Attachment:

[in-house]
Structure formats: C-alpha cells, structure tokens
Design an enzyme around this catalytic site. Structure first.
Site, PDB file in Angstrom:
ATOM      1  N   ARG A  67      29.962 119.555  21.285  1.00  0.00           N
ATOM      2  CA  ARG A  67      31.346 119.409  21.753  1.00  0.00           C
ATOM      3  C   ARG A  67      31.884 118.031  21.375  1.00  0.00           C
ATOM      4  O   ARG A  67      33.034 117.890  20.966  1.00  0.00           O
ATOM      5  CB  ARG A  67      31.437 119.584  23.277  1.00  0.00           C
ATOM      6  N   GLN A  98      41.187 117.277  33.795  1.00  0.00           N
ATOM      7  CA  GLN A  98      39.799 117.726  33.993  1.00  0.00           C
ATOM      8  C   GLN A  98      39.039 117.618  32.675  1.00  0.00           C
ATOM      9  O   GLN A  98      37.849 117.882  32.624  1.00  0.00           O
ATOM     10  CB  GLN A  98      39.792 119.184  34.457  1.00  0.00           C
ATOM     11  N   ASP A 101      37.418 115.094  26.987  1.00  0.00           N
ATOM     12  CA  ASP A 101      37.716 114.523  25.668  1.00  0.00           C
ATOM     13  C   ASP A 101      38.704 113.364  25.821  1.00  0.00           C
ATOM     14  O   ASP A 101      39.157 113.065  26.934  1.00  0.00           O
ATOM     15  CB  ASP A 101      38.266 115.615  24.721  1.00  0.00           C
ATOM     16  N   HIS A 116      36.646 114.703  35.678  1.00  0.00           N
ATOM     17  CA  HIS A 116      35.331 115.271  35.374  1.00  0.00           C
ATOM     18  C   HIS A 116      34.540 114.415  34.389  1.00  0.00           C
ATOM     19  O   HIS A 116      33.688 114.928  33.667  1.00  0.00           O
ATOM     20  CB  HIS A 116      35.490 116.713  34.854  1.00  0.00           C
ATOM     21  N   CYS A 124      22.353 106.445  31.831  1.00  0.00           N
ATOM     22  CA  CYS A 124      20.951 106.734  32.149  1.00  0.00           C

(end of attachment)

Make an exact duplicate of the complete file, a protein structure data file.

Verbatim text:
[in-house]
Structure formats: C-alpha cells, structure tokens
Design an enzyme around this catalytic site. Structure first.
Site, PDB file in Angstrom:
ATOM      1  N   ARG A  67      29.962 119.555  21.285  1.00  0.00           N
ATOM      2  CA  ARG A  67      31.346 119.409  21.753  1.00  0.00           C
ATOM      3  C   ARG A  67      31.884 118.031  21.375  1.00  0.00           C
ATOM      4  O   ARG A  67      33.034 117.890  20.966  1.00  0.00           O
ATOM      5  CB  ARG A  67      31.437 119.584  23.277  1.00  0.00           C
ATOM      6  N   GLN A  98      41.187 117.277  33.795  1.00  0.00           N
ATOM      7  CA  GLN A  98      39.799 117.726  33.993  1.00  0.00           C
ATOM      8  C   GLN A  98      39.039 117.618  32.675  1.00  0.00           C
ATOM      9  O   GLN A  98      37.849 117.882  32.624  1.00  0.00           O
ATOM     10  CB  GLN A  98      39.792 119.184  34.457  1.00  0.00           C
ATOM     11  N   ASP A 101      37.418 115.094  26.987  1.00  0.00           N
ATOM     12  CA  ASP A 101      37.716 114.523  25.668  1.00  0.00           C
ATOM     13  C   ASP A 101      38.704 113.364  25.821  1.00  0.00           C
ATOM     14  O   ASP A 101      39.157 113.065  26.934  1.00  0.00           O
ATOM     15  CB  ASP A 101      38.266 115.615  24.721  1.00  0.00           C
ATOM     16  N   HIS A 116      36.646 114.703  35.678  1.00  0.00           N
ATOM     17  CA  HIS A 116      35.331 115.271  35.374  1.00  0.00           C
ATOM     18  C   HIS A 116      34.540 114.415  34.389  1.00  0.00           C
ATOM     19  O   HIS A 116      33.688 114.928  33.667  1.00  0.00           O
ATOM     20  CB  HIS A 116      35.490 116.713  34.854  1.00  0.00           C
ATOM     21  N   CYS A 124      22.353 106.445  31.831  1.00  0.00           N
ATOM     22  CA  CYS A 124      20.951 106.734  32.149  1.00  0.00           C